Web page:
Nevertheless, the UK is one of the most price-savvy markets in the world. Wine consumers slot primarily into two distinctive groups. The minority who are highly involved and interested in fine wines, and a large group of consumers unwilling to spend more than £4-5 per bottle (according to the UK Wine Market Landscape Report by Wine Intelligence carried in 2014). Over 16 million consumers buy wine in the supermarkets and despite some large retailers (such as Majestic, Oddbins etc.) successfully selling more premium wines, the majority of wine is still sold at £4. The average price per bottle has increased to £5.34 but this figure provides a false perception of people trading up. When you consider the duty increase by 46% in the last five years the real price of wine has in fact fallen in recent years. As Tim Atkin MW put it bluntly “a lot of people are still drinking wine that is mediocre or worse.”

Despite all the challenges, there are many opportunities that the wine trade can embrace in order to engage with young consumers. Strategic use of social networking where consumers are encouraged to like, review or recommend on a wine online is one of them. The new generation is technology savvy and this trait sets them apart from previous generations. They spend 108 hours per year on average browsing the internet for work and study, 77 hours a year reading news online and 71 hours a year on Twitter. Thanks to social media they can participate in conversations about wine and post and share wine photos. Whereas advertising offers a wide coverage, it is limited to one-way conversation between the brands and consumers. However, directly engaging with consumers through social media has become a fantastic two-way marketing communication tool especially for producers that are based many miles from their target market. New World producers such as those from New Zealand and Australia have proved to be natural communicators reflecting their understanding of social media and its value in engaging with consumers and the wine trade.

An online retail presence is also a great platform to attract new consumers but is still very much under utilised by wine companies. It not only offers convenience, which is often a key deal-breaker for today’s consumer, but also competitive cost, a wide range of exciting wines and fast hassle-free delivery. Whereas purchasing wine in store or restaurant can involve social risks by being embarrassed in front of friends or colleagues, buying wine online offers a more friendly and relaxing environment. It also helps less experienced consumers to search for wine in a less daunting way that assures them that the wine is good enough to share with others, instead just using price as the quality indicator.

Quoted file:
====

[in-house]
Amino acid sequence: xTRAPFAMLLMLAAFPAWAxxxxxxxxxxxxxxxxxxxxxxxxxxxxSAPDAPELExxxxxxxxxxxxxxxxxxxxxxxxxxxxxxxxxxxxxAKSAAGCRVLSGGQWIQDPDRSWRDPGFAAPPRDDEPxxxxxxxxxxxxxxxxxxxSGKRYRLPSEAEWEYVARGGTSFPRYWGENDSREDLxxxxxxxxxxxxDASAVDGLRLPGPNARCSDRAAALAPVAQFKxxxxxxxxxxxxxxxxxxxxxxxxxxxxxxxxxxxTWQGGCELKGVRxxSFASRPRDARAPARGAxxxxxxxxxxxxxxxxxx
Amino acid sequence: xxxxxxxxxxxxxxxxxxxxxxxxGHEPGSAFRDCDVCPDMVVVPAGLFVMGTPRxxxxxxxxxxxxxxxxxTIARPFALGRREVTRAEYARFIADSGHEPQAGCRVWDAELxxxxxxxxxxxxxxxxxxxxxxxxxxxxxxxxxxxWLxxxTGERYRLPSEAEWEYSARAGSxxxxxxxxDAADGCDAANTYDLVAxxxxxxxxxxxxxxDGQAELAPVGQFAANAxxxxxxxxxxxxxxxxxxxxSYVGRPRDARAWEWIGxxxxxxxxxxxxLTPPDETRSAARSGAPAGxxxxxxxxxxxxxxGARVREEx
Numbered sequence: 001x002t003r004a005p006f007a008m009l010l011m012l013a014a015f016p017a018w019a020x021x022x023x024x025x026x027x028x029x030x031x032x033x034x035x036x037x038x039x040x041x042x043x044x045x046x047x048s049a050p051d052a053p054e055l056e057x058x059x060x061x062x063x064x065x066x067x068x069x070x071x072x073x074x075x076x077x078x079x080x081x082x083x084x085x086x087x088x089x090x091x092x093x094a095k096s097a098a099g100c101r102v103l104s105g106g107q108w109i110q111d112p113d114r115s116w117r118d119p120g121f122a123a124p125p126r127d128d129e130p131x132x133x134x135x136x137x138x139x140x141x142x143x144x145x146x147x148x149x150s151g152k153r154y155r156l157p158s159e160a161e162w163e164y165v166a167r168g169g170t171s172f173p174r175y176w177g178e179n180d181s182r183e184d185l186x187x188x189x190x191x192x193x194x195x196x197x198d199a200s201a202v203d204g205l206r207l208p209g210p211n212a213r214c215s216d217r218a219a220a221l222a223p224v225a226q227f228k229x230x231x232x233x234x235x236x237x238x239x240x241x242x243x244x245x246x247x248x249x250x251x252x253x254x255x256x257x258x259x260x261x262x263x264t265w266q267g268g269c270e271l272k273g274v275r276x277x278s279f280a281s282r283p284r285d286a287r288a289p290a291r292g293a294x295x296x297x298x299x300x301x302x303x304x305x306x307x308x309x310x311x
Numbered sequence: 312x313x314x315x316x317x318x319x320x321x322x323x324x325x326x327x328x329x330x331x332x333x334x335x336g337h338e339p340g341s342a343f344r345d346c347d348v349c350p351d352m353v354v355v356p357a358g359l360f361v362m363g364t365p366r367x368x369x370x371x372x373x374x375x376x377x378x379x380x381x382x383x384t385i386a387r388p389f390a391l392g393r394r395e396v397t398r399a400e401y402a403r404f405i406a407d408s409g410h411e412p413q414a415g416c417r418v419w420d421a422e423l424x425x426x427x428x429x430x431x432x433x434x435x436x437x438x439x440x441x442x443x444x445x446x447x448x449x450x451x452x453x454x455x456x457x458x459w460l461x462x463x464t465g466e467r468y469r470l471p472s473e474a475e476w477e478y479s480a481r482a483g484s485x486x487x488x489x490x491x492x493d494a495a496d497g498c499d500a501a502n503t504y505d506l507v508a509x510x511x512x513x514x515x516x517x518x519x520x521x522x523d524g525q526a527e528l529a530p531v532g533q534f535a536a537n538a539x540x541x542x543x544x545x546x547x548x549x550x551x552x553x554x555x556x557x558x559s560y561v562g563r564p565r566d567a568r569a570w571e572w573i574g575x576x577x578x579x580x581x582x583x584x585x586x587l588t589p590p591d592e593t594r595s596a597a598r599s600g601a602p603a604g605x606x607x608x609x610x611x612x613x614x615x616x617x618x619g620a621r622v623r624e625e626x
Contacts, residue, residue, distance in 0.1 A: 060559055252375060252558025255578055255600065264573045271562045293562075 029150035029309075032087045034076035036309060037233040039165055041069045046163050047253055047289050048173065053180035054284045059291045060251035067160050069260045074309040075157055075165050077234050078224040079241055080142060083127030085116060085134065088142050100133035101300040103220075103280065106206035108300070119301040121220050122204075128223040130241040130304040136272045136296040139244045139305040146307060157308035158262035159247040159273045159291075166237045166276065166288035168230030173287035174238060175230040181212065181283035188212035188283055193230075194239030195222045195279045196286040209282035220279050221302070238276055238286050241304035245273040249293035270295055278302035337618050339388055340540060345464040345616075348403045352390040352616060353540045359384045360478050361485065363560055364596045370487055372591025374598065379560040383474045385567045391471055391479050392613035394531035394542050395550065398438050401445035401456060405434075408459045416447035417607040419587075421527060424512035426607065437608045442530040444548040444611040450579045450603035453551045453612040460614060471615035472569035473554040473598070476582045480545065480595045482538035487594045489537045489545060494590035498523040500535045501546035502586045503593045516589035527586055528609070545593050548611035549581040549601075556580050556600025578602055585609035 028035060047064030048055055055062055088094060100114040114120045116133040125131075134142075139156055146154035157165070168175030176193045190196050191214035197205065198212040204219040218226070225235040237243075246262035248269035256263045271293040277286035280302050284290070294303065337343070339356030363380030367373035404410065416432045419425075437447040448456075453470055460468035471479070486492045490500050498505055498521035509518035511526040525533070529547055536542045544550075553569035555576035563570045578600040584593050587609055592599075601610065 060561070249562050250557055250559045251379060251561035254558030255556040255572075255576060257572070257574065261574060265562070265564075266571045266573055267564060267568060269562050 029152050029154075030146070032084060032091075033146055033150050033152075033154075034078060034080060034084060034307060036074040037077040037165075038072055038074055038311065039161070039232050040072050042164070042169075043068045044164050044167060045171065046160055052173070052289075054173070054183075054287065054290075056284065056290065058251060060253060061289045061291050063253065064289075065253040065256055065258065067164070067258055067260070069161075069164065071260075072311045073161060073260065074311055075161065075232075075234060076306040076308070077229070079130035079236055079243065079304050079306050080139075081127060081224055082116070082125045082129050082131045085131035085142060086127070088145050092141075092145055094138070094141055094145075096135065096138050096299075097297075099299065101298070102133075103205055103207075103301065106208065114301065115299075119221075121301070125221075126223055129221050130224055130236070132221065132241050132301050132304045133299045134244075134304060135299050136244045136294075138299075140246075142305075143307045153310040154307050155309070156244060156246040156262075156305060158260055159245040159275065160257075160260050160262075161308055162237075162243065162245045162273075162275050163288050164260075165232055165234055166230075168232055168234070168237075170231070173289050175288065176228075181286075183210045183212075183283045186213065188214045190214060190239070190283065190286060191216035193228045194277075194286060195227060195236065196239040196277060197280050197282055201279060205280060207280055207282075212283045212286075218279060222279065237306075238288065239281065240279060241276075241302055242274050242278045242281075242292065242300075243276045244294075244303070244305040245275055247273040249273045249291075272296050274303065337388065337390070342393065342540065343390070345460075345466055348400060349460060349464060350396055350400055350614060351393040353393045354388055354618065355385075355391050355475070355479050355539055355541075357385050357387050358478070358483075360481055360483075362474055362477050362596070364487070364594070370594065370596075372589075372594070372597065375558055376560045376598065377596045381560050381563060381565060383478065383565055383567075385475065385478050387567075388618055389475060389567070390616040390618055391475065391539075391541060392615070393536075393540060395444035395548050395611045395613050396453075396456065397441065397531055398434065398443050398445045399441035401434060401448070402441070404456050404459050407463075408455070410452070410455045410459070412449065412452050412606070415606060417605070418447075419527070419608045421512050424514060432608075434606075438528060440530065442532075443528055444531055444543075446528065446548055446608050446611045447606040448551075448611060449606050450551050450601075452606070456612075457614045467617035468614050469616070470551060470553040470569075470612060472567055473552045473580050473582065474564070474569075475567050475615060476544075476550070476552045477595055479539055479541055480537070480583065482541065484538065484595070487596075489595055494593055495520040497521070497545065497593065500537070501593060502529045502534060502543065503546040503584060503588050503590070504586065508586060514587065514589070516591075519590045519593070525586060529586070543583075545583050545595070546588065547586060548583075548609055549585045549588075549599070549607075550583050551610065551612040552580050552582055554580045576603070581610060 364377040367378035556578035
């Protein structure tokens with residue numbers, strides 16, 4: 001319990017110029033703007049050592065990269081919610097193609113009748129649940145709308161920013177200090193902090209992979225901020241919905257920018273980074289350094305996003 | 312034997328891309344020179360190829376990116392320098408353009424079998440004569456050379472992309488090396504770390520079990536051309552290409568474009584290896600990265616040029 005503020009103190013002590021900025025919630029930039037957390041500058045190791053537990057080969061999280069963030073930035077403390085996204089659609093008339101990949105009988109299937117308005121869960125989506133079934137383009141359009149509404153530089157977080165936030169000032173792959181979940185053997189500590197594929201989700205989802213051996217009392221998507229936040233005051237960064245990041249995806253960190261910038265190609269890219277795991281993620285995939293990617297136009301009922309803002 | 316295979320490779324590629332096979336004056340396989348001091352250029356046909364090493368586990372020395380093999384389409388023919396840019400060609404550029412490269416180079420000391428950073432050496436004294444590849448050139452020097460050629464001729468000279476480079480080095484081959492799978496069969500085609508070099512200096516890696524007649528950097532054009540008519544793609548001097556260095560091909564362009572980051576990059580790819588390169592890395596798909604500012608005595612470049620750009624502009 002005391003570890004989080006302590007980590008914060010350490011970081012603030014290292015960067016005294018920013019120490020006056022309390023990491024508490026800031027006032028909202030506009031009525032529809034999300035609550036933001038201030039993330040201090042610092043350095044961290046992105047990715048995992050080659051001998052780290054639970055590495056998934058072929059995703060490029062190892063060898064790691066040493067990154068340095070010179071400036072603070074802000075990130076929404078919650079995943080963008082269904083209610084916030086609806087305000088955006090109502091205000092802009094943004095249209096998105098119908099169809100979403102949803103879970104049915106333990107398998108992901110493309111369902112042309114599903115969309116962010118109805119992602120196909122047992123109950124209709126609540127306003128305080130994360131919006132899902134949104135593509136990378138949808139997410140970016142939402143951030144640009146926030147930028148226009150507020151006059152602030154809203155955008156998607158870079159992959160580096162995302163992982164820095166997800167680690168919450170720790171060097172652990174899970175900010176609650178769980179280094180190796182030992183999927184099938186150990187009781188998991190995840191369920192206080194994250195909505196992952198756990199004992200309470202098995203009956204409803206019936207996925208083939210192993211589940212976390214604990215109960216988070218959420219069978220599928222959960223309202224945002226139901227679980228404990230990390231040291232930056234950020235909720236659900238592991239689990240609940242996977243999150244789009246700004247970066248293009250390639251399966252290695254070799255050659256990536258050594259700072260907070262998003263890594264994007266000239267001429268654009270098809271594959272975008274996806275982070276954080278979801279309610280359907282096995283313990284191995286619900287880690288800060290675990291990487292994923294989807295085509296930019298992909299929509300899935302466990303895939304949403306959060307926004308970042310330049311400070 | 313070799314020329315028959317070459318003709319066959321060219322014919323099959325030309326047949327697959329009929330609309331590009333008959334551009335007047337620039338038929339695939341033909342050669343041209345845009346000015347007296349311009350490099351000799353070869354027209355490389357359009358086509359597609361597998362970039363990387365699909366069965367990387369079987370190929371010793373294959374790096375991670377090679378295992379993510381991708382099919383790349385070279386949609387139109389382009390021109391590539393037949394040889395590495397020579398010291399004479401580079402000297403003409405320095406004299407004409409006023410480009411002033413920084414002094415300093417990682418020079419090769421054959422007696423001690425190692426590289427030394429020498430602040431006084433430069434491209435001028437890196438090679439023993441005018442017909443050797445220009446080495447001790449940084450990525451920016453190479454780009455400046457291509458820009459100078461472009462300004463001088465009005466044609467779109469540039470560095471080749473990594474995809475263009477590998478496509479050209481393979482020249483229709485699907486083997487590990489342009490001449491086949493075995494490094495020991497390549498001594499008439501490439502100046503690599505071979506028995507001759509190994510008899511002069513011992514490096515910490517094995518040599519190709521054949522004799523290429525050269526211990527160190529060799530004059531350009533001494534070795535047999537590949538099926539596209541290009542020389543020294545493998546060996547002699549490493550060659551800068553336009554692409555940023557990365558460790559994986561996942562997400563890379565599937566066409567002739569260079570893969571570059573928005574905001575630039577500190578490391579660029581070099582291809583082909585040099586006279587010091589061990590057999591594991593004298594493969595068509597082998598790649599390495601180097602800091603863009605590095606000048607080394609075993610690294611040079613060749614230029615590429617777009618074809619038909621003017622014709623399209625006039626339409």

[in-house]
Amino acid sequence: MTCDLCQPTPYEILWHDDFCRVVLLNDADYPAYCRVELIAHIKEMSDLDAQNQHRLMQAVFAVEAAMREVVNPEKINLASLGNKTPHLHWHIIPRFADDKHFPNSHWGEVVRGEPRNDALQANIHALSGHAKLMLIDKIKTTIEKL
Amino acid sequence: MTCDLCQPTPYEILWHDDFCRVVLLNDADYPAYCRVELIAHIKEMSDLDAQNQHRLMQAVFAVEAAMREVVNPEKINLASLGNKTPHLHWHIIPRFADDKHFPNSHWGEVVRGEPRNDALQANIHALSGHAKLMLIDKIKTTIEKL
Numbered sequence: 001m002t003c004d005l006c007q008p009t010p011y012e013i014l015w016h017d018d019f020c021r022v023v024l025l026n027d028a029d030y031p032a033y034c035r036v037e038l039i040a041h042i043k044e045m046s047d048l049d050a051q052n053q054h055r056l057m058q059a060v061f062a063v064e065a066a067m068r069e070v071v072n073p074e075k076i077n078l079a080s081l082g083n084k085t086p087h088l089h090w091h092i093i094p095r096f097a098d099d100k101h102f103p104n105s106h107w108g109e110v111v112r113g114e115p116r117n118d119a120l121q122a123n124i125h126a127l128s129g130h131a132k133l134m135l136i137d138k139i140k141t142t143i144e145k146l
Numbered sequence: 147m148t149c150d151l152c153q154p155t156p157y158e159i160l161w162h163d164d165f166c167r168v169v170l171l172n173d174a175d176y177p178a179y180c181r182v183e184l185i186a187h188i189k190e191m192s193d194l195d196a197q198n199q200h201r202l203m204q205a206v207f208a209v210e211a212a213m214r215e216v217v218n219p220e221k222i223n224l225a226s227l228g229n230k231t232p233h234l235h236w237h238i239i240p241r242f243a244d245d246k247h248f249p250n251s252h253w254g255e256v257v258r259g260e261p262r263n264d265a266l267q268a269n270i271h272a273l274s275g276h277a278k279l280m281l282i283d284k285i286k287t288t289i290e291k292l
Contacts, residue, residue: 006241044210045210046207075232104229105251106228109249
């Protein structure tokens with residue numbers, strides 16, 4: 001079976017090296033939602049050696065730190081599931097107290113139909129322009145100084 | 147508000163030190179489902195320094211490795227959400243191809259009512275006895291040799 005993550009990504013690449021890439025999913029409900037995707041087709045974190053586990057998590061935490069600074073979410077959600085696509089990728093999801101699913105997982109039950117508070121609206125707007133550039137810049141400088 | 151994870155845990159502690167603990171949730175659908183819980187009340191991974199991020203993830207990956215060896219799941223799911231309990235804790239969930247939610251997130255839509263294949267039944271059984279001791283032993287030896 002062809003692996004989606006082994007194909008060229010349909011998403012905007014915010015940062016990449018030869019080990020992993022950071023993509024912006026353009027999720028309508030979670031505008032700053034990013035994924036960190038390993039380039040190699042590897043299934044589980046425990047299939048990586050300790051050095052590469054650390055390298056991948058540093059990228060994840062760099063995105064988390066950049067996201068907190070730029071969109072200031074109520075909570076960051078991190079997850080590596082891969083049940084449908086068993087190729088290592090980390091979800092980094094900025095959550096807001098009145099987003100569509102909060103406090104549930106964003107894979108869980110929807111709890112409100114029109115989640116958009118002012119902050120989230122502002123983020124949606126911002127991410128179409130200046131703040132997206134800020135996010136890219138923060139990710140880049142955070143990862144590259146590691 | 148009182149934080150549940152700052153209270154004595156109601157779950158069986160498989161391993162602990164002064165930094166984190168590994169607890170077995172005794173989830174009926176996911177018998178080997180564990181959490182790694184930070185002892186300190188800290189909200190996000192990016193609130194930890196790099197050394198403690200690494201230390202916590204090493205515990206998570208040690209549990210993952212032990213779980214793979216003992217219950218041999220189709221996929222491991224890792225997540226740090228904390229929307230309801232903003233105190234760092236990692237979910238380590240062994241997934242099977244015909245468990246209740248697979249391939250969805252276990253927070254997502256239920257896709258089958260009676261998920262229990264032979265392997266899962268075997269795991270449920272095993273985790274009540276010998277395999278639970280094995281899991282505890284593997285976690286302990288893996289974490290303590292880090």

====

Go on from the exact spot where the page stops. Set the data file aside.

To further battle the intimidation driven by lack of knowledge, producers can use packaging to communicate with consumers. Many young less experienced consumers rely heavily on descriptions from labels (or for that matter medals won and alcohol content). There are thousands of wines to choose from and it can be difficult for consumers to select one over another. Still many labels are as confusing as ever making it hard to gauge the quality of wine prior to purchase, even for a wine expert. Clear descriptive clues and attractive label design manages the perception of wine’s quality and drives the likelihood of purchase. Clever packaging can offer a promise of value that consumers will appreciate and a promise of something special.

Design recognition (including logo, brand symbols, patterns, colours etc.) also plays a key role in brand familiarity which is one of the most informational cues consumers use to assess wines before buying. Investing in brand image and marketing requires an entirely different approach depending on the scope and goal of brands. Whereas consistency is required for mass brands, experiences are essential for luxury brands. Many luxury brand owners have realized that the story of wine and its lifestyle projection can inspire and emotionally engage with consumer as much as the actual taste of wine.